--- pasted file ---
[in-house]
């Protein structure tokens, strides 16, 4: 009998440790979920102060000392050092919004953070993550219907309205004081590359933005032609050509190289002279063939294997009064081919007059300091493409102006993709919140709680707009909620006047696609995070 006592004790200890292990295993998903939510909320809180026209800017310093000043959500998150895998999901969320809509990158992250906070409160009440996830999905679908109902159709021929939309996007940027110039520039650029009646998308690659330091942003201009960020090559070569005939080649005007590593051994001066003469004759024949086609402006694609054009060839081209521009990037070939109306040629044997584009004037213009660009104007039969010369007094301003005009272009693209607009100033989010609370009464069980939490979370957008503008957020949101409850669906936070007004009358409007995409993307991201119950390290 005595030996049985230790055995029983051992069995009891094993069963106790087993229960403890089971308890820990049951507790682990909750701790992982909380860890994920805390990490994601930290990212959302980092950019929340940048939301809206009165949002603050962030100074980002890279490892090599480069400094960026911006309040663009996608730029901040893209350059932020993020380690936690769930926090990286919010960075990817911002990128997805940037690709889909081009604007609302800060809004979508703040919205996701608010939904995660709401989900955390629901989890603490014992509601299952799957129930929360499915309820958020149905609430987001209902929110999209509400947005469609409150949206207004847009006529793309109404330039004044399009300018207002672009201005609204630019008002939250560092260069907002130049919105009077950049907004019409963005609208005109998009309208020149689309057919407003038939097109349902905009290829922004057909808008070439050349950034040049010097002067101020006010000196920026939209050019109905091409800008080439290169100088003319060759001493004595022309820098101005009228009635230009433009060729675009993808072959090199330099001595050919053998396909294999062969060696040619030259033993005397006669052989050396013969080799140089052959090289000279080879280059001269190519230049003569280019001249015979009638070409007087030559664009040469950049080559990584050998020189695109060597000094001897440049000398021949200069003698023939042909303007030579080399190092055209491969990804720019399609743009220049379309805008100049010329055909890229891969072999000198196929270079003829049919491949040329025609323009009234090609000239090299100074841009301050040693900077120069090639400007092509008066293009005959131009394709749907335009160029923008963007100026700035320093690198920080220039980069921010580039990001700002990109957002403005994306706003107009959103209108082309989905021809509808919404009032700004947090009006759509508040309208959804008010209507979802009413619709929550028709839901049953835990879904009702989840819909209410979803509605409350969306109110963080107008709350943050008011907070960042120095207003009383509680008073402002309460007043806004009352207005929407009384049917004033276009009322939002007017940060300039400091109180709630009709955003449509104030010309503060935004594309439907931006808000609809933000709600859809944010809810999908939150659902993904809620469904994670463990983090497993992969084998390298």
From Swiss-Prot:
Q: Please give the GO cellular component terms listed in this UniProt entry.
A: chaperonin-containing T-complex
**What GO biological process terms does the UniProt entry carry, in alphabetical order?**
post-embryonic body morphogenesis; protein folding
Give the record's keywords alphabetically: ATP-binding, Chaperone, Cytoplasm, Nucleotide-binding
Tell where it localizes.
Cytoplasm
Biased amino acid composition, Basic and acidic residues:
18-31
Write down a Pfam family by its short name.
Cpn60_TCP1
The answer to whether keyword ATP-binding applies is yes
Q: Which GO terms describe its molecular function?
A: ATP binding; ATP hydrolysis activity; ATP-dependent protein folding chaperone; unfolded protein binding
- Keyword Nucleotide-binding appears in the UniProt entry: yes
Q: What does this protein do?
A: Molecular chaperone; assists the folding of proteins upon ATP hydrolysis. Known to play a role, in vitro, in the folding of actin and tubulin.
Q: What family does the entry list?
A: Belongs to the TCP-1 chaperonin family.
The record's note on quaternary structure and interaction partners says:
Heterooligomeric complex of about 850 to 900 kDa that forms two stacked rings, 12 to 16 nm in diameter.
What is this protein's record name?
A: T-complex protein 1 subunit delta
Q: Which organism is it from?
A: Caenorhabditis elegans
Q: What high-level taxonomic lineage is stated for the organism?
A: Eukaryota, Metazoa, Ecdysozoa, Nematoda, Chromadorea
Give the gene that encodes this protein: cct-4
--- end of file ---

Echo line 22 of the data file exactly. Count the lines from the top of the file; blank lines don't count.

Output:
A: Belongs to the TCP-1 chaperonin family.